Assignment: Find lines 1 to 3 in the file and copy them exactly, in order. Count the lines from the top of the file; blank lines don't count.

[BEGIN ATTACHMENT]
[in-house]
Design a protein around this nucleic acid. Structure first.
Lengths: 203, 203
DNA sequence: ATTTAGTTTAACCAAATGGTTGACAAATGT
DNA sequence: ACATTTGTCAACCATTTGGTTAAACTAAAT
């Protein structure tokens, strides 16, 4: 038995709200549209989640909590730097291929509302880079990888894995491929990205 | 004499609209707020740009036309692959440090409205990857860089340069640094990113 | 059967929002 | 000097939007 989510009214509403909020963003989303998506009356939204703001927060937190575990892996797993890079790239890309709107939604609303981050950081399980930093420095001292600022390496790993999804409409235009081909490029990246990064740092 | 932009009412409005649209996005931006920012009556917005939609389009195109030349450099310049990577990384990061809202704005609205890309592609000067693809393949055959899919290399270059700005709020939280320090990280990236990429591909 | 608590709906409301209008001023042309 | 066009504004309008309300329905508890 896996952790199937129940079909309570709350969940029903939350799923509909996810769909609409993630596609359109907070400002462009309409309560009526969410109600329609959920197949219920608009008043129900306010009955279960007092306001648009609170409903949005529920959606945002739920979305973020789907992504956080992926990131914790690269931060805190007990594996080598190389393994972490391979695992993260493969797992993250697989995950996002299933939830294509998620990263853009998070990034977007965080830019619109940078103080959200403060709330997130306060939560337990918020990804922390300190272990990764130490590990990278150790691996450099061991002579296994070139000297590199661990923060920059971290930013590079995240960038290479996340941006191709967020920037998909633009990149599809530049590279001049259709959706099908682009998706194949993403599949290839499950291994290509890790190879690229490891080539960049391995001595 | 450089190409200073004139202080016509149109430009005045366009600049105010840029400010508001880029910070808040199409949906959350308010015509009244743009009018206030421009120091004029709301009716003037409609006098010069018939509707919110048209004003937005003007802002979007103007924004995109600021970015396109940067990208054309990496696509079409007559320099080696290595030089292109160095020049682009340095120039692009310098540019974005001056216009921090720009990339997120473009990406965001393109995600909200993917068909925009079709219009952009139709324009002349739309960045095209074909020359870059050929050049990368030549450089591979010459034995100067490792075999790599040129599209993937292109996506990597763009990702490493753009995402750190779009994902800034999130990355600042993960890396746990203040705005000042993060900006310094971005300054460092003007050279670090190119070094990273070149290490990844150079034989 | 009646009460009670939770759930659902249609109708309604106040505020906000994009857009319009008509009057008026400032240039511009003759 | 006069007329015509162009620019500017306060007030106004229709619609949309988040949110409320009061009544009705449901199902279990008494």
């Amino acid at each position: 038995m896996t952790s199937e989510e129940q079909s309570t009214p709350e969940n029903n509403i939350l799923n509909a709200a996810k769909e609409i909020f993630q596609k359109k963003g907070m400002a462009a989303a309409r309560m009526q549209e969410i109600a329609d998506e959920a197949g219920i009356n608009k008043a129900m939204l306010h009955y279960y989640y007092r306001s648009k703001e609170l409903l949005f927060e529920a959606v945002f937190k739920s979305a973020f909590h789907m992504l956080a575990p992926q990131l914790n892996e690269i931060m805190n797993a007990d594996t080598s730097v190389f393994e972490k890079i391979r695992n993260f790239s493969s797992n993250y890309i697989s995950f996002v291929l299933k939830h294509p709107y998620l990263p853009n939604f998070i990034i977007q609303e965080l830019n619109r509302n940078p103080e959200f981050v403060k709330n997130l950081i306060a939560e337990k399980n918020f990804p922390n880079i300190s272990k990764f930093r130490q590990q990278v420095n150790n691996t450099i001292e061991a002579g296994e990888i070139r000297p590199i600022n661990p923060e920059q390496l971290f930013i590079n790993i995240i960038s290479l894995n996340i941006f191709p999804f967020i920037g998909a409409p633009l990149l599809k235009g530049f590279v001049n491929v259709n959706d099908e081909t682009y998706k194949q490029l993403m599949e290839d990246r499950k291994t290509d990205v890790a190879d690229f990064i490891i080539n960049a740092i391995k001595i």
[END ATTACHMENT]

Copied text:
[in-house]
Design a protein around this nucleic acid. Structure first.
Lengths: 203, 203